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fadeOut, fadeIn jQuery-style

Time for another in my series of occasional posts over-explaining simple programming tasks that took me longer to figure out than they should have.

Let’s say you’re writing a bit of JavaScript and want to fade the text of a component out, change the text, and fade it in. Assume you’re using jQuery to handle the fades. Assume that the component has an ID of “fader” and you want its initial text of “First” to be replaced by the text “Second.” Ok?

Here’s the simple HTML:

<div id="fader">First</div>

With jQuery, you fade an element out by first selecting the particular element. which you can do by putting its ID in quotes and prefixing it with a #: $("#fader"). Then you tell that element what method you want to execute, which in this case is the jQuery “fadeOut” command, with a duration expressed in microseconds. Put ‘em together and you get the simple-but-powerful jQuery statement: $("#fader").fadeOut(500);. Likewise for the fadeIn command.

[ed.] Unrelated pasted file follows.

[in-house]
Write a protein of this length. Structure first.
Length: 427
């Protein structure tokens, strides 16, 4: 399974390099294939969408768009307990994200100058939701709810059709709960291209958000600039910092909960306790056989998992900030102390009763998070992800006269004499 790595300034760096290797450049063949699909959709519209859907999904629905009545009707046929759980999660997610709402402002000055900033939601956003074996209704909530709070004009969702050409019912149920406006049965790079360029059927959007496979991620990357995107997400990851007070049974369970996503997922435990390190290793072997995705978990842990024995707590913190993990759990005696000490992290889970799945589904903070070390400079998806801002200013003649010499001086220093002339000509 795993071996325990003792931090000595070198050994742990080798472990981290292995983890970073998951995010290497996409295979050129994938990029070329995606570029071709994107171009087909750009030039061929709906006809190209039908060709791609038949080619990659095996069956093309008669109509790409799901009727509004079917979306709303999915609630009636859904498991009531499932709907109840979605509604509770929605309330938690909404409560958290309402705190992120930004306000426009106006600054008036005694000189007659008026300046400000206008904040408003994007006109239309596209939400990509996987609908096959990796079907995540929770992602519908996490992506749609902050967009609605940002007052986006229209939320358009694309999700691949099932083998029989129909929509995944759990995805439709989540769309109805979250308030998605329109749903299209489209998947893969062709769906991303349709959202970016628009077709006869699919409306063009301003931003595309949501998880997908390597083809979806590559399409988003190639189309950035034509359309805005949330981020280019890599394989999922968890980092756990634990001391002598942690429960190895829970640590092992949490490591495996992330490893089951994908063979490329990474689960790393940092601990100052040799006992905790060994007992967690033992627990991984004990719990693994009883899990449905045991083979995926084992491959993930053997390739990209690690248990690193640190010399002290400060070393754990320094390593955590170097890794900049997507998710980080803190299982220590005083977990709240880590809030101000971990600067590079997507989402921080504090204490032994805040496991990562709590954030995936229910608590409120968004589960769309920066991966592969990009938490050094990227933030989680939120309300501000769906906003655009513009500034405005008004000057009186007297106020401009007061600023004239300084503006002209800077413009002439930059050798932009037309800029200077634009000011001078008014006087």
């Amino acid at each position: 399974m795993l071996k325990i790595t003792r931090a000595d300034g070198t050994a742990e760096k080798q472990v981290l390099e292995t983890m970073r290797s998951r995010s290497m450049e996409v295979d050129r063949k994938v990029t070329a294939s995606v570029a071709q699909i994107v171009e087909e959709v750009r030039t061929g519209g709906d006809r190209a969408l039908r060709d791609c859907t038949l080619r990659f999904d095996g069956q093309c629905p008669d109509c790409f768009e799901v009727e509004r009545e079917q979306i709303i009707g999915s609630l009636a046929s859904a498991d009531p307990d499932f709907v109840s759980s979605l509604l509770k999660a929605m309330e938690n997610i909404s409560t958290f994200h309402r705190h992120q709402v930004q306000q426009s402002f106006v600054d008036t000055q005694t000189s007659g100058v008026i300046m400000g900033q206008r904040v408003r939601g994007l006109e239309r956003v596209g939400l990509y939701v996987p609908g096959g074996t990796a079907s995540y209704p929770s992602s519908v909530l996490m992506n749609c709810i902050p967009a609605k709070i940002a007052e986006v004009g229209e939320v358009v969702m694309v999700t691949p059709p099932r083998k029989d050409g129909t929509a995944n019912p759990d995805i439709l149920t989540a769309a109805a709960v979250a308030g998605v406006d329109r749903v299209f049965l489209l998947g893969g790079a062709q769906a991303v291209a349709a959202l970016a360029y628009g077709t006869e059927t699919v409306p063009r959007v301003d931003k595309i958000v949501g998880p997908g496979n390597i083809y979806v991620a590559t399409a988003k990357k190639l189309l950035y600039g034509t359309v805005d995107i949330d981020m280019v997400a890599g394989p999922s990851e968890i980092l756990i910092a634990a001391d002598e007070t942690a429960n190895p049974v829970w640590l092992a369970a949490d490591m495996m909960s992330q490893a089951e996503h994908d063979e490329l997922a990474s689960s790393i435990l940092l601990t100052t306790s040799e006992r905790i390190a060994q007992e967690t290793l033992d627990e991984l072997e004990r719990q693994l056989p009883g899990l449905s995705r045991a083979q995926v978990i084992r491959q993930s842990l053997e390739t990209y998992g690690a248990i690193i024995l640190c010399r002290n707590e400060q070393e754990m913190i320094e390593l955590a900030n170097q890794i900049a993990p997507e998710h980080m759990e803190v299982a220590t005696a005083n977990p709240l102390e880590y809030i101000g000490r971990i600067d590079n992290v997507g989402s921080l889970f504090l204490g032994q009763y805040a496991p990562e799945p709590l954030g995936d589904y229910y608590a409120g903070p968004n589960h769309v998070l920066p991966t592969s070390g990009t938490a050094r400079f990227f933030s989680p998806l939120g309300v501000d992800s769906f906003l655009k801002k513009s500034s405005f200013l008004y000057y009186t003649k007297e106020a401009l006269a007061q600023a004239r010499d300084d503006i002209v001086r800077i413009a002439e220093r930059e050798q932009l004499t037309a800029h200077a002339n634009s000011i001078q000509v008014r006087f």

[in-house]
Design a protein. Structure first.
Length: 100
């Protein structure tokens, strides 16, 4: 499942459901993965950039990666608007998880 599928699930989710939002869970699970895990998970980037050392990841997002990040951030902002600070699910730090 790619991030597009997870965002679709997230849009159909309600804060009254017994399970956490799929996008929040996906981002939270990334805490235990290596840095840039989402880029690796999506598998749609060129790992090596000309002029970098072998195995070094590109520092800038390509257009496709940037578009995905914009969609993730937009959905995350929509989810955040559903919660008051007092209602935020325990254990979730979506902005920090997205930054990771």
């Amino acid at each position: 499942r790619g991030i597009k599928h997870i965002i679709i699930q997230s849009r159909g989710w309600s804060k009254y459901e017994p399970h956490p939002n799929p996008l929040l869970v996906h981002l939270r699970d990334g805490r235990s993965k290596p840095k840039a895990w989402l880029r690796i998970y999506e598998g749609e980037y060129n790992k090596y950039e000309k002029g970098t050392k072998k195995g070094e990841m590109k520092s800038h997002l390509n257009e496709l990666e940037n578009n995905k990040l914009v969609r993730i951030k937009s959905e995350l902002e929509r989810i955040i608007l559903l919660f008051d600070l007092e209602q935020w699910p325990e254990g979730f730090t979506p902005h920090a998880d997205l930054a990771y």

If you’re me, the first thing you’ll try will be:

1

function fadeMe(){

2

$(“#fader”).fadeOut(500);

3

$(“#fader”).text(“Second”);

4

$(“#fader”).fadeIn(500);

5

}

Click here to give it a try on the following sample text:

First

That’s not right. At least in my browser (Chrome). Instead of fading out “First” and fading in “Second,” the word “Second” fades out and then in. Presumably that’s because Javascript isn’t waiting for jQuery to complete the fadeout before moving to the instruction to substitute “Second” for “First” as the element’s text.

So here’s a way that works. (Note that I’m not saying it’s the best or right way. If it’s worse than that, if it’s actually the wrong way, please leave a comment and I’ll link to it at the top of his post. Thanks!)

1

function fadeMe(){

2

$(“#fader”).fadeOut(500, function(){

3

    $(“#fader”).text(“Second”);

4

    $(“#fader”).fadeIn(500);

5

});

6

}

Click here to to try it on the text below:

First

The difference is that the second way adds a function to the jQuery’s fadeOut command that is invoked only after the fadeOut is completed. That function changes the text of the element and fades it in.

(Click here to reset both examples.)

(PS: I created the tables for the code by pasting it in here.)

Read the original blog entry...

More Stories By David Weinberger

David is the author of JOHO the blog (www.hyperorg.com/blogger). He is an independent marketing consultant and a frequent speaker at various conferences. "All I can promise is that I will be honest with you and never write something I don't believe in because someone is paying me as part of a relationship you don't know about. Put differently: All I'll hide are the irrelevancies."